Monday, November 16, 2015

Art of the Carolinas

I got a call a couple of weeks ago from an artist friend here in town, asking me if I'd be willing to be the pastel demo artist for Art of the Carolinas, the annual art expo hosted by Jerry's Artarama. As I always take my vacation during AOC, I was already off work that week so agreed to do it. Once the date grew closer, I began to get quite nervous - What was I going to paint for the demo? Would I be able to answer questions about process and materials satisfactorily? Am I good enough to even be doing this??

Before I knew it, Friday morning had arrived and I was at the Hilton setting up my booth. For that first day, my booth mate was a very experienced painter, Dick Ensing, so I was initially a bit intimidated and worried about my serious lack of experience at less than three years painting compared to his lifetime as an artist. Dick was very friendly and engaging, however, so I soon relaxed, and the fact he was demoing oil paints gave me something interesting to watch during my less busy periods too. Being the first day of the expo, Fridays are always a madhouse and this year was no exception. This turned out to be a good thing, though, as I was too busy to worry about much of anything other than talking to people about art and doing a little painting as well. My first demo was a 9 x 12 soft pastel.
© 2015 Tammy Kaufman - One Touch of Nature - soft pastels on Sennelier La Carte Pastel Card 9" x 12"
Throughout the day, I got to talk with so many interesting people, along with a lot of my artist friends who were kind enough to stop by my booth during their shopping, and it was a blast watching people try pastels for the first time. I think many folks had no idea how much fun this medium is until they tried it, and it was wonderful seeing those big smiles break across their faces as they played with the soft pastels and the oil pastels - and more than a few headed straight over to buy their own starter sets of pastels and surfaces!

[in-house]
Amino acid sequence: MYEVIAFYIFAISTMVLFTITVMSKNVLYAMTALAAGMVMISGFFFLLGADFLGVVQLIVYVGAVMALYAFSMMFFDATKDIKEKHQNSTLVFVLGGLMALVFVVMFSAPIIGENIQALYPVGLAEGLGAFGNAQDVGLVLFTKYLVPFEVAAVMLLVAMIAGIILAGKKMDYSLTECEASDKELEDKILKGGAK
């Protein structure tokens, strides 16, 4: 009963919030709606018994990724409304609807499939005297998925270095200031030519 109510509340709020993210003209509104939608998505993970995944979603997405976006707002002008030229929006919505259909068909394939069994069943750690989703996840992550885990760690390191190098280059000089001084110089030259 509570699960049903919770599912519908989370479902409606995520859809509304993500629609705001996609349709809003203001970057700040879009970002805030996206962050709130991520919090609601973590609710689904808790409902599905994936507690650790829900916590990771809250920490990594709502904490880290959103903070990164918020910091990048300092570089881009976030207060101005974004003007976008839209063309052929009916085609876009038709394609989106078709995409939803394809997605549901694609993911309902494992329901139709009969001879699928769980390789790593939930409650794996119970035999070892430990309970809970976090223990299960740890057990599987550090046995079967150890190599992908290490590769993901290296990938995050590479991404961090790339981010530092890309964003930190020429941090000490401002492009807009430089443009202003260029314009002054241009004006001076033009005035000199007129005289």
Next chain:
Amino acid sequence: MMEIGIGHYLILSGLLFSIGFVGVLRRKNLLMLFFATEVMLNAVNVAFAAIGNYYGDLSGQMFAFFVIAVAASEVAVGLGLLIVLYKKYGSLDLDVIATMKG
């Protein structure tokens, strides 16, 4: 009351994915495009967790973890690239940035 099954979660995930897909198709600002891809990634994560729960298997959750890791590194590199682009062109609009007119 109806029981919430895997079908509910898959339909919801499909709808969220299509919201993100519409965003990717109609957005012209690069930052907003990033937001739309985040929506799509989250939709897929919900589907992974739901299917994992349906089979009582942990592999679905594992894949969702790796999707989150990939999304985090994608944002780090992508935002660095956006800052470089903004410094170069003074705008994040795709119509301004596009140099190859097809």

Saturday was a little slower, and I was delighted to see some of the same people stop back by my booth to let me know they had either taken a pastel workshop or signed up for one, and were having loads of fun. I enjoyed talking with more new folks as well as having additional artist friends come by and visit, and managed to turn out three mini demos Saturday. My booth mate for Saturday and Sunday was one of the regular staff at Jerry's who has helped me with my shopping in the store many times prior, Greg Halloran. Greg was demoing oil paints and created some very intriguing paintings with the help of any visitors to the booth he could persuade to pick up a brush and join him!

After the two long days on Friday and Saturday, Sunday was a little shorter and quite a bit less busy, so I actually had time to do a little shopping of my own, picking up some pastel paper and several frames during my break. But I still got another mini demo done, and even had a pencil artist stop by who had never tried oil pastels but wanted to see if he could do a painting with them. He ended up painting a lovely little snow scene which I had him sign and take home to keep. I don't have a picture of that one, but I did put four of the little minis I did over the weekend on my easel all together for a "group photo".
© 2015 Tammy Kaufman - Clockwise from top left: Quietude, oil pastels on Ampersand Gessobord; Listening, oil pastels on Richeson Premium; Melodious Thoughts, soft pastels on Richeson Premium; The True Nature of Things, soft pastels on Richeson Premium - all 5" x 7"
It was an honor to be part of Art of the Carolinas as a demo artist, and I am forever grateful to Kimberlee Maselli, Ophelia Staton, Sharon DiGiulio and everyone else responsible whose name I may have missed, for providing me this opportunity. I'd also like to extend my gratitude to Jerry's Artarama as well as their vendors who make the event such a success year after year.

Monday, November 9, 2015

Raining Sunshine

The weather outside may be frightful here this week, but it's definitely raining sunshine in my life right now. To put the magnitude of this into perspective, let me start from the beginning.